Jerry Kjergaard had planned to spend his first year in Willmar getting a feel for the school district he had moved here to run. It didn't work out that way.
When Kjergaard joined the district on July 1, 2008, he knew he would be trying to pass an operating levy in the November election. After that, he hoped to take some time to get acquainted with the district.
"I wanted to work at making it a better place," Kjergaard said. "It wasn't bad; I wanted to build on what was here."
Instead, Kjergaard spent much of his first year as superintendent developing a new organizational structure that led to closing two buildings and adding on to another. The restructuring was part of a plan to cut $2.7 million from the district's budget before this school year starts. More than half the district's students and teachers will start the coming school year in a different building.
A year ago, "nobody would have thought that was going to happen, least of all me," Kjergaard said recently.
"I didn't think we would have to cut as much out of the budget when I came here," he said. "But who would have thought the economy would go as far south as it did."
Kjergaard said he also hadn't expected to have to move so fast.
Kjergaard said he was impressed with the school staff's work in preparing for all the moving done this summer.
Teachers and custodians did a good job organizing the move, and some teachers even volunteered to come in to paint rooms.
The moving work continues. Several days ago the Willmar Community Education and Recreation moved into its new quarters in the former Jefferson Elementary School.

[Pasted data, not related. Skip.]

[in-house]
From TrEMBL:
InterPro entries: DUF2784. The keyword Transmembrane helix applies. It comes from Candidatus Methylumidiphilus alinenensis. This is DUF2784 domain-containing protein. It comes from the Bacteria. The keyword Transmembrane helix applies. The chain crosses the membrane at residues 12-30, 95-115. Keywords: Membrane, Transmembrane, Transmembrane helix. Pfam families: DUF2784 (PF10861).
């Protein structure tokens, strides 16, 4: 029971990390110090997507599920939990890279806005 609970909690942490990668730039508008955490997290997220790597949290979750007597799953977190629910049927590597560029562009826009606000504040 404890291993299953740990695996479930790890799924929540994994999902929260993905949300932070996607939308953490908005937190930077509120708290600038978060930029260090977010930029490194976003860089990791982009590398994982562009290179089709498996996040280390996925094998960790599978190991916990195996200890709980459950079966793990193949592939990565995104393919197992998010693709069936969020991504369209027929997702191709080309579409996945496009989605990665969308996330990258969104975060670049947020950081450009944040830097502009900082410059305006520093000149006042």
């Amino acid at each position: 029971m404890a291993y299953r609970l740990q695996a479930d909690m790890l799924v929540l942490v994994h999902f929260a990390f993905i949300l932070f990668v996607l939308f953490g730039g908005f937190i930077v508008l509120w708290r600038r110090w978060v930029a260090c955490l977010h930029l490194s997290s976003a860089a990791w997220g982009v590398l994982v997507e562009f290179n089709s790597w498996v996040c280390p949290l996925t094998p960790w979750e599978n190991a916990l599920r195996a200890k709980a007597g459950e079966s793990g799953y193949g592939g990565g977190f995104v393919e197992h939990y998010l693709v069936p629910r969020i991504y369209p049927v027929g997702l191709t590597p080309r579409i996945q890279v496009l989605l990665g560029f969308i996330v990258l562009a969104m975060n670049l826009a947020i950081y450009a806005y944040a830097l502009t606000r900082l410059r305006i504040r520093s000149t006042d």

"We know there's something we will have forgotten," he said, because it's almost inevitable in a project of this size.
A month into the school year, he said, parents, kids and teachers will have worked everything out, and "It's going to be OK."
The district should be able to save money on transportation and to increase efficiency.
"My mandate was to protect the district, to save money and protect the quality of the district," he said.
The district has been moving "at full steam" for the past year as administrators and staff prepared for the reorganization, he said, and now he hopes to be able to move on to other things.
"I hope to do more of the stuff I find enjoyable, like educational planning," he said. After such a major shift in the district's structure, "I want a year when we just do educational stuff," he said.
"I got into this field because I like kids," he said.
In the last school year he read to the students in most of the kindergarten classrooms and in a number of elementary classes. "It's one of the things I like to do," he said, and he plans to continue "until they get tired of me."
He hopes to work with the staff this year to develop ways to measure how effective they are in teaching their students and to develop a plan to help all students make academic progress.
"I think overall the teachers in this district do a dynamite job with kids," Kjergaard said, but they face many challenges. Chief among them is the "cycle of poverty" that ensnares many students and their families.
Despite the upheaval of his first year here, Kjergaard is glad he came to Willmar from Waconia.
"Willmar's a really great place to be," he said. "It's kind of the hidden jewel of Minnesota. ... There's challenges, but what the heck, there's challenges everyplace."
Kjergaard said he likes the fact that most of the people who live in Willmar work in Willmar, too. "They have a vested interest in the community and a sense of commitment to it," he said.
After working in a suburban area where many residents commuted to jobs elsewhere, he has enjoyed seeing Willmar's interest in its school district.
"I'm amazed at all the people that are committed to my kids," he said.
"We have quality programs, committed staff," he said. "You can't ask for more than that, except more money ... more consistent funding."